In some of the more material company announcements during December: BHP endured another torrid month, falling 4.7% as expectations grew, including ours, that the company would revise its dividend policy as both the Financial Times and the UK’s Sunday Times reported that the company would ‘abandon’ its progressive dividend policy in 2016; both Primary Healthcare (-28%) and Sonic Healthcare (-13%) slid sharply as the MYEFO, re-imbursement risk and the MBS taskforce review weighed heavily on investor sentiment; revised rail coal haulage volumes and profit guidance sent the AZJ share price plummeting (-22%).

The RBA kept the cash rate unchanged at 2.0%, noting weaker demand for key commodities and moderating growth in Melbourne and Sydney dwelling prices. The strength in a wide range of indicators in November also suggest that prospects for firmer conditions in the non-mining economy are improving and clearly rebuts a rate cut in the near term. Indeed, in the RBA’s annual Long Run address, the governor stated that, “market pricing is justified in treating December as a non-event”. Looking at the longer run, governor Stevens noted the impending economic adjustment to the closing chapter of the very large and long-running terms of trade event. This coincides with a household sector, which no longer has a major role to play in leading growth by significantly increasing its leverage. With the likelihood of further near term rate cuts now unlikely, the Aussie dollar appreciated (+0.8%) against the greenback in November.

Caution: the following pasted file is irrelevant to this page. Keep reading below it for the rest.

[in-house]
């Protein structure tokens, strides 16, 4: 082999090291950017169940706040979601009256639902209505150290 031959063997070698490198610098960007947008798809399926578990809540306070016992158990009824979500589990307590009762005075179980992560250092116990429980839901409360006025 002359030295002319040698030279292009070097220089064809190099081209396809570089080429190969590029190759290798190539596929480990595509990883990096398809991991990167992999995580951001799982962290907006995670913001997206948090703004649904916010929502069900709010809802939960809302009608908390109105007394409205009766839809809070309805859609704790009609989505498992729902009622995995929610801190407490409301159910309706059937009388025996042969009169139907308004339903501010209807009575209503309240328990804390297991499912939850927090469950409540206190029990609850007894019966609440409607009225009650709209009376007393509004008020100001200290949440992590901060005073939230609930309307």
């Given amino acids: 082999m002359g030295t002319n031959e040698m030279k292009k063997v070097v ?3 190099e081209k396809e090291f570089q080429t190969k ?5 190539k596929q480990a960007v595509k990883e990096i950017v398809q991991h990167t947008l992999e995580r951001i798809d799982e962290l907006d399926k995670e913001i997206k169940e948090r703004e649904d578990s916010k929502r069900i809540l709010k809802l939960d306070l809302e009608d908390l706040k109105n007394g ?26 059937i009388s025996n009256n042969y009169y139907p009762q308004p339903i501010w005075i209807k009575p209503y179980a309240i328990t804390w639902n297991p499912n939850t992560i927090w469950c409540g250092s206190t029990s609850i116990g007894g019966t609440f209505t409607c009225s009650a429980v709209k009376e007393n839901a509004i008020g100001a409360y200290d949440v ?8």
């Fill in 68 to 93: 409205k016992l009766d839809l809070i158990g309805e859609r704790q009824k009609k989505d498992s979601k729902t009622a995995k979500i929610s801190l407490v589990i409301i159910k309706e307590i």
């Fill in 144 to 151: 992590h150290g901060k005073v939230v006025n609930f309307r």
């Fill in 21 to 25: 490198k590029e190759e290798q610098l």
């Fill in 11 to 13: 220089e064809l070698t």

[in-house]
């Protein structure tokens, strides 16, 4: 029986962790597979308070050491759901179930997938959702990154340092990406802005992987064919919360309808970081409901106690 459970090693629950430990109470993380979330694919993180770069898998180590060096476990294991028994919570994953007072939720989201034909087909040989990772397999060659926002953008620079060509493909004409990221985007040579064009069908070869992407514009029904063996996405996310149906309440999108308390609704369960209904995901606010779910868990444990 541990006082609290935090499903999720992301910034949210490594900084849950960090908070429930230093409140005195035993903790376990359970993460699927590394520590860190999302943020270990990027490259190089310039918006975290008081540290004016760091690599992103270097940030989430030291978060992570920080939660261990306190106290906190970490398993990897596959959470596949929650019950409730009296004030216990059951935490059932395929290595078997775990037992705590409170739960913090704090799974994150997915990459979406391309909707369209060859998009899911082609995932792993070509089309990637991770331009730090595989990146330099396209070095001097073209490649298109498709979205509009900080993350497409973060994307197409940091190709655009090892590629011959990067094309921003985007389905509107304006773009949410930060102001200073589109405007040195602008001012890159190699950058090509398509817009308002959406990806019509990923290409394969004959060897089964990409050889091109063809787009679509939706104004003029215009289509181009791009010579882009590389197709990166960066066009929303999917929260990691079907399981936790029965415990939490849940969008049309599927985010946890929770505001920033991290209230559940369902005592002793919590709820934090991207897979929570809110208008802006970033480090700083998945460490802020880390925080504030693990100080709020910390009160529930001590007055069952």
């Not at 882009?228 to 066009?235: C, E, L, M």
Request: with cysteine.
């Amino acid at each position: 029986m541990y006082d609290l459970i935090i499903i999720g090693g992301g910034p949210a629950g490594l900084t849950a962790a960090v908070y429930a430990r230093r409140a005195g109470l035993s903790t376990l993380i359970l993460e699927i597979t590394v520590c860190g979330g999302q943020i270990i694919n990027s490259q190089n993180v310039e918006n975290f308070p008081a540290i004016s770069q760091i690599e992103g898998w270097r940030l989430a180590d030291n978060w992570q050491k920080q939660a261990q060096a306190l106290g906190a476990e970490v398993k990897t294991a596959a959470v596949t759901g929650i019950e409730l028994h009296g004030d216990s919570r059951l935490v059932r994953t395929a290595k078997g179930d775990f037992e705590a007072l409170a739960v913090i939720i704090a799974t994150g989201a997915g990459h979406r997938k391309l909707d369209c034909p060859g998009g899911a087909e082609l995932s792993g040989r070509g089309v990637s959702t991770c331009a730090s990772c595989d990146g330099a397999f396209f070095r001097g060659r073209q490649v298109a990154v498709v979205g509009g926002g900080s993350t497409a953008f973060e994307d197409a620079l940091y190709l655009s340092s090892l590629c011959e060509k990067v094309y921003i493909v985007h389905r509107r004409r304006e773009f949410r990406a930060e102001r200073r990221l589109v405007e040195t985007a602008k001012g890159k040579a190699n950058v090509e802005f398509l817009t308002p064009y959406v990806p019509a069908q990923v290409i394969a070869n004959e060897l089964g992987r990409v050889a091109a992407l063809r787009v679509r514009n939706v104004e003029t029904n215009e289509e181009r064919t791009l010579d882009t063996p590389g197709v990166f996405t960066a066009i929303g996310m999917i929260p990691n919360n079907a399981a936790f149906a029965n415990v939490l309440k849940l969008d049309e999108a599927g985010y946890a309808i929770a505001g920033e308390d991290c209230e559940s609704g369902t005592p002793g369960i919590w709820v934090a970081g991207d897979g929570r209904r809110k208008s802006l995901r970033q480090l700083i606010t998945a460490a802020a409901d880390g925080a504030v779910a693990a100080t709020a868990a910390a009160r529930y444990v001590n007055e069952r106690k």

The strength of a wide range of economic indicators in December adds weight to the argument that conditions in the non-mining economy are slowly improving: the labour force survey surprised on the upside again this month as the economy added +71,400 (consensus -10,000) jobs in November, the fifth largest gain since 1985; notably, the bounce was concentrated in full-time positions as the unemployment rate fell to 5.8% and the participation rate increased to 65.3%; the NAB business confidence survey improved (+4.8), with businesses feeling more chipper about firmer domestic activity and the reform agenda being discussed in Canberra; the business conditions measure, which has the strongest correlation with domestic activity, maintained the unusually high level reached over the last few months (+10.2); on the consumer front, the Westpac Consumer Confidence index fell (-0.8%) this month, however, the index is up almost 11% on last year’s reading; family finances recovered (+5.8%) from the mortgage rate hike fall (-9.1%) in November; the household saving ratio is now (+9%); retail sales firmed (+0.5%m/m) with household goods were the key area of strength; real 3Q GDP surprised on the upside (0.9% q/q vs consensus 0.8% q/q) and the major contributor was exports, with mining activity up (+5.2%); however, net trade masked a sobering quarterly contraction in the domestic economy, with gross national expenditure down (-0.6%q/q); home loan lending volumes fell (-0.5%) this month and the fall is largely attributable to the additional supervisory measures implemented by APRA to reinforce sound housing lending standards; the share of new loans to investors now sits at 35% (vs. owner occupier 65%), the lowest proportion since 2012.